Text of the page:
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For our English lessons, we are going to kick off this year with The Wild Robot. Not only that, I have actually gone full throttle and planned a compete homeschool literature study guide around it. I will be sharing these resources on this blog as we complete the chapters.
I am super excited to share this book with my year 3s and 4s (ages 7-9). In this post I am going to be sharing exactly why I chose this book. I am also going to detail a few of the activities you can expect in The Wild Robot study guide.
One of my top criteria for choosing a read aloud is that I enjoy it. Call me selfish but I don’t want to trudge through a book that I really don’t like just because it’s on some must-read classics list. I’m only going to transmit to my kids that I don’t really like it.
The Wild Robot is such an odd and original story, that as soon as I started reading it I was hooked.
Have a read of the blurb…
The Wild Robot by Peter Brown
When robot Roz opens her eyes for the first time, she discovers that she is alone on a remote, wild island. Why is she there? Where did she come from? And, most important, how will she survive in her harsh surroundings? Roz’s only hope is to learn from the island’s hostile animal inhabitants. When she tries to care for an orphaned gosling, the other animals finally decide to help, and the island starts to feel like home. Until one day, the robot’s mysterious past comes back to haunt her….
Truth be told, I was hooked as soon as I saw the book. The illustrations are so pretty!
But, so as not to be accused of being shallow and judging a book by its cover, here are several more reasons why I have chosen The Wild Robot as my first read aloud pick for my Year 3s and 4s this year:
As you can tell, The Wild Robot is a fantastic book to share with your kids for your read aloud choice just for the depth in the story.
What really cinched it for me though is that even though it is written in such a simple style, it is packed full of literary gems and has a very beautiful writing style.
This makes it a perfect book to use as copywork and to use to teach our kids elements of grammar and writing techniques that pack a punch.
I’ve said it before and I’ll say it again- good literature is powerful.
To understand why I say this, you might be interested in reading 5 Simple Charlotte Mason Ways to Incorporate Living Literature in Your Homeschool. In that post I explain how you can teach all of the elements of English from your chosen family read aloud.
If you wanted to learn a bit more about the background of how we approached English in our homeschool and how we progressed to this approach of using literature for our English lessons instead of using textbooks, have a read of my post 5 Products to Give Your Child a Strong Writing Foundation.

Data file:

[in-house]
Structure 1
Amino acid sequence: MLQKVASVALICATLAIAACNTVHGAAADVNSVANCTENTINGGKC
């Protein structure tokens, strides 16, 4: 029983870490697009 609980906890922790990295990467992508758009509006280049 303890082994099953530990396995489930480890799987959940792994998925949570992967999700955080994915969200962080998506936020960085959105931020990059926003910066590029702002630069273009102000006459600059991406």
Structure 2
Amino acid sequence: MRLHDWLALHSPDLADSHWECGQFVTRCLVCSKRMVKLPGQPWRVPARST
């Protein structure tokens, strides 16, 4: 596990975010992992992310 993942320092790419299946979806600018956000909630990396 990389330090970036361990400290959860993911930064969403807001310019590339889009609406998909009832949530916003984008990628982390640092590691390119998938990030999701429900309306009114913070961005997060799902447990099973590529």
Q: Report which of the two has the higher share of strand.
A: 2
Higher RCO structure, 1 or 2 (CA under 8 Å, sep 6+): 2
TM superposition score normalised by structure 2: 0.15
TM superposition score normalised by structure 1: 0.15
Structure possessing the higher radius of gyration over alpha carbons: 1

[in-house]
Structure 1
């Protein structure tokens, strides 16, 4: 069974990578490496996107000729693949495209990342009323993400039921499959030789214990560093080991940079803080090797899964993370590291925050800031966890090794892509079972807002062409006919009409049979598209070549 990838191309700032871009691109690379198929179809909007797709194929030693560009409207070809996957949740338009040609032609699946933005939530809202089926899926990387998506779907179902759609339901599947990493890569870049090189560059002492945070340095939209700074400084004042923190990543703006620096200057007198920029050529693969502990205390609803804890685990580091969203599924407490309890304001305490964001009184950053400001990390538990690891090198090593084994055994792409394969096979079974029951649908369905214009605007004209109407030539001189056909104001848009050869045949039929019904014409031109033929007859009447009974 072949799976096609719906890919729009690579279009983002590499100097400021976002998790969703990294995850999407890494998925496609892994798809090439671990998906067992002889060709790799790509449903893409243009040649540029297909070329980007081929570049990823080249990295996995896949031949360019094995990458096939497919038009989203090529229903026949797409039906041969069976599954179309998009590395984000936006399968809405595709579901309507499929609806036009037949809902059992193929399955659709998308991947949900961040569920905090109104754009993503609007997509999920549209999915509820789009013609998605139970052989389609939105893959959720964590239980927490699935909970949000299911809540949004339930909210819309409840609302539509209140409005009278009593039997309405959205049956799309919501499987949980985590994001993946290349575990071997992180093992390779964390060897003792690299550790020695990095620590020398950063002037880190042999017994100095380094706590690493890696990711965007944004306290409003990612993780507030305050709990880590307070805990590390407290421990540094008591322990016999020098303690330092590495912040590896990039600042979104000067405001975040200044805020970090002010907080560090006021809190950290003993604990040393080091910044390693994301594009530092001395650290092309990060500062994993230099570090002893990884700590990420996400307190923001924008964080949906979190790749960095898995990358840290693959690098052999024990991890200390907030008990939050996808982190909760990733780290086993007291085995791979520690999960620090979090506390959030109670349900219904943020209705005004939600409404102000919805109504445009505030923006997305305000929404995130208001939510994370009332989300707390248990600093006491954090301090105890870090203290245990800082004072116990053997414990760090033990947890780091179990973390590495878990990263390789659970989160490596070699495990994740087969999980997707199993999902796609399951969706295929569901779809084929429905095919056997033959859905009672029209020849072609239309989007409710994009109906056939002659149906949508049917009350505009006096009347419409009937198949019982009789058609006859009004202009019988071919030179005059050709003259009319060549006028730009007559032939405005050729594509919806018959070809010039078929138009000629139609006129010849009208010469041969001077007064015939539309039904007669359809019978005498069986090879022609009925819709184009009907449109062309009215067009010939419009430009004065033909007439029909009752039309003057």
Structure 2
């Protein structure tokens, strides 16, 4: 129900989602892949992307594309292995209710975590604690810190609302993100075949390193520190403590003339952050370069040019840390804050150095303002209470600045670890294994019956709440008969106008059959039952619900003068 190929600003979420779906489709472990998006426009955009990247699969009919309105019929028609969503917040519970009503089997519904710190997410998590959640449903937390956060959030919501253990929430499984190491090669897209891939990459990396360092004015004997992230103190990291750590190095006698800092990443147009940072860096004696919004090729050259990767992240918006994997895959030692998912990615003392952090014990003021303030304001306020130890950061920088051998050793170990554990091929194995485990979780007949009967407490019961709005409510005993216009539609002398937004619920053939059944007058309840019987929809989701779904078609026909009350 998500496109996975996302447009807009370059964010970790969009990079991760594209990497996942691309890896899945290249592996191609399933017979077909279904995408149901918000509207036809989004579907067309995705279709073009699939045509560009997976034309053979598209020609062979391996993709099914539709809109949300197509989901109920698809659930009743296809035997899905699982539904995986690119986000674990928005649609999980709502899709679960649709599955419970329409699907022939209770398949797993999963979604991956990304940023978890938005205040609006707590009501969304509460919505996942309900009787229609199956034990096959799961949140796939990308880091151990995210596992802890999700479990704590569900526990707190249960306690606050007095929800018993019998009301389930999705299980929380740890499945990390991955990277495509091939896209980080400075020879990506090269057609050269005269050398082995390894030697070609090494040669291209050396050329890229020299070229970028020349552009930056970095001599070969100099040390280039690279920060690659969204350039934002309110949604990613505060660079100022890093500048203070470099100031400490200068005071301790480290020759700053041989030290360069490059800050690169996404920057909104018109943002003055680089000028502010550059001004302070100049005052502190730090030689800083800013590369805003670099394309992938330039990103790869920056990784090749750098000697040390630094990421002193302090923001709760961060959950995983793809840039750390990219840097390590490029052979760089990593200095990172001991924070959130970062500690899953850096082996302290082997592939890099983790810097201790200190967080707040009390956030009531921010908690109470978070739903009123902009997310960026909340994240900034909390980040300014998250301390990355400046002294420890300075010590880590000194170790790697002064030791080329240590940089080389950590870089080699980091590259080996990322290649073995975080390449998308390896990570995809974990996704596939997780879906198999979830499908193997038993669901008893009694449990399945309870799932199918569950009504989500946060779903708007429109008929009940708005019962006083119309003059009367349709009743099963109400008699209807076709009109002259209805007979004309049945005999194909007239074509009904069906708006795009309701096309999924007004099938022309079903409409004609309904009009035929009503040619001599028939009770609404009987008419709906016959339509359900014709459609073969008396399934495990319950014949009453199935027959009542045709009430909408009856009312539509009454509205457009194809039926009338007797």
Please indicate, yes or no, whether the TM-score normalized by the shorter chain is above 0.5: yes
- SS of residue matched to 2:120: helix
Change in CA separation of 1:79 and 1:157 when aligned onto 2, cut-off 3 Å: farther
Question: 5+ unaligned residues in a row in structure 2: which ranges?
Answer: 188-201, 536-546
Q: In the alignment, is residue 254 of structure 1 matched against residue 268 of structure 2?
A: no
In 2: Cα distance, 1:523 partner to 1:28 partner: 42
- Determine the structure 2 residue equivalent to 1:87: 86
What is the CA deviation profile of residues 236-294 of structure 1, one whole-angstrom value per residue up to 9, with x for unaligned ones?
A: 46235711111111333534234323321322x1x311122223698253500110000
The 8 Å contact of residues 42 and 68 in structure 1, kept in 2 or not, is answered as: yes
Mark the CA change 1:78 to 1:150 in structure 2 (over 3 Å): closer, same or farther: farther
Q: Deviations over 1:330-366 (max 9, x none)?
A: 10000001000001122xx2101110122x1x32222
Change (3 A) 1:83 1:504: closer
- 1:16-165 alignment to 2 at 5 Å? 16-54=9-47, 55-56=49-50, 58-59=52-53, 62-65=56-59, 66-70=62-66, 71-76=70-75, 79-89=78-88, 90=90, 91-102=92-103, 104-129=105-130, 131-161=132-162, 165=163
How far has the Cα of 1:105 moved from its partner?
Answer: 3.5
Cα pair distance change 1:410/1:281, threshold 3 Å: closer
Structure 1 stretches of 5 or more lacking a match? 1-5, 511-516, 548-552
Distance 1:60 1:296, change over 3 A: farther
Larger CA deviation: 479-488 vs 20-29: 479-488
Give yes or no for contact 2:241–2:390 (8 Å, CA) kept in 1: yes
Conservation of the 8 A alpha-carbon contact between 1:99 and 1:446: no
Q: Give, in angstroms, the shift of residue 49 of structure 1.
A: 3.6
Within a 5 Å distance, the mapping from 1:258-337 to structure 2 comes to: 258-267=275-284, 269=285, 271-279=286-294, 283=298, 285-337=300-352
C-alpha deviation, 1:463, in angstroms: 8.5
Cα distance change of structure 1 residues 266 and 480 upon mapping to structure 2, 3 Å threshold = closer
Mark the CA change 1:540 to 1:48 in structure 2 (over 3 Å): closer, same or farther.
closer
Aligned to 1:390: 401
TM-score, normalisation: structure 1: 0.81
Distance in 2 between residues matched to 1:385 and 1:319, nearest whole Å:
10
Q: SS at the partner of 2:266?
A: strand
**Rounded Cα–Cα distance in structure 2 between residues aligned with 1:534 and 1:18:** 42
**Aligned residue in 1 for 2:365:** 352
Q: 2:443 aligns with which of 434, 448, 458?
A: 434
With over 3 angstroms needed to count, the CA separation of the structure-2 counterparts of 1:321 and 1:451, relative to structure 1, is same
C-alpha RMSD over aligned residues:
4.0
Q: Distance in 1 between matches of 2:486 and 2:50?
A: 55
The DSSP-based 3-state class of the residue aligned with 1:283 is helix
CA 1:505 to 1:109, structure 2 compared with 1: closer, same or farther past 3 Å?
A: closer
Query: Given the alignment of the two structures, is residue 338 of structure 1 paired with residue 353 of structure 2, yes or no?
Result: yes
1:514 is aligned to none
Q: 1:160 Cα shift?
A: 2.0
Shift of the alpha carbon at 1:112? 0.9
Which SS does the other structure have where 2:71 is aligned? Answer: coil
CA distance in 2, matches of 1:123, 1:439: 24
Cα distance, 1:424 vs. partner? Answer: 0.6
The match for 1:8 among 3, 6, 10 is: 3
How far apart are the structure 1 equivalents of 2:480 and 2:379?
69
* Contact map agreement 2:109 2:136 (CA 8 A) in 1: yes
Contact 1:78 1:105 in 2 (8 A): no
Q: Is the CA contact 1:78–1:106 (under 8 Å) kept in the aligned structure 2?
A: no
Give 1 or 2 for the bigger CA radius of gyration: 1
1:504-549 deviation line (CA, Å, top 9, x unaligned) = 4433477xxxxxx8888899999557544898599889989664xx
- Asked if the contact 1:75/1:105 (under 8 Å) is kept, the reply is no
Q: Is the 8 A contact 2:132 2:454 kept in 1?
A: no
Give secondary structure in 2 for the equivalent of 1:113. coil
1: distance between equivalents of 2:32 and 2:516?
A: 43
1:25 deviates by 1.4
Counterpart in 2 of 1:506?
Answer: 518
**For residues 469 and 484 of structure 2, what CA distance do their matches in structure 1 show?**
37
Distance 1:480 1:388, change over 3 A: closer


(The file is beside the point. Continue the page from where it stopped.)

So what can you expect from The Wild Robot Homeschool Study Guide?
Throughout The Wild Robot study guide, I will be choosing passages that really pop. I am then we will explore what makes that passage good.
I kid you not, Peter Brown makes this so difficult! Almost all of his sentences can be used as model writing.
I chose extracts which I think contains an outstanding sentence structure, punctuation mark, grammatical element or literary device.
In The Wild Robot homeschool study guide, I discuss why this passage is worth zooming in on. I explain what elements in the passage our kids can use in our own writing to make it better.
Kids can use this passage for copywork to practice handwriting helping them to internalise the writing elements in that passage. You can also use the passage for dictation so your children can practice their spelling and punctuation rules.
I figured since we’re going to the trouble of explaining grammar, punctuation and literary element to our kids, it’s only fair to give them some opportunity to practice and apply the concept.
I am also including exercises and activities to practice and apply what we highlight from the text.
As we read The Wild Robot, I will be including vocabulary from the text for kids to learn. Of course you aren’t limited to using these. You can highlight and discuss any unfamiliar words with your child.
As a family try to use these words in your everyday conversations and writing.
I will also be including spelling rules and exercises to practice related spellings. I’m taking these largely from the Year 3 spelling program as outlined in the National Curriculum.
The part in the study guide that I’m most excited about are the writing activities. Peter Brown has such a simple yet effective writing style. This provides rich fodder for our budding writers.
I’ve provided activities where children can practice tools of the writing trade based on the text. This will give them opportunities to level up their writing.
Periodically, I’ve also included larger extended writing projects which will take longer than a lesson to complete.
Regardless of whether you decide to do the study guide activities or not, if you have children of the ages 6-9 years old, you should definitely consider selecting this book as your homeschool read aloud.
I will be posting The Wild Robot Homeschool Study Guide as we do them, so remember to keep checking back.
Any feedback or activity ideas to include in The Wild Robot Homeschool Study Guide will be welcome.
I hope this helps some of you out!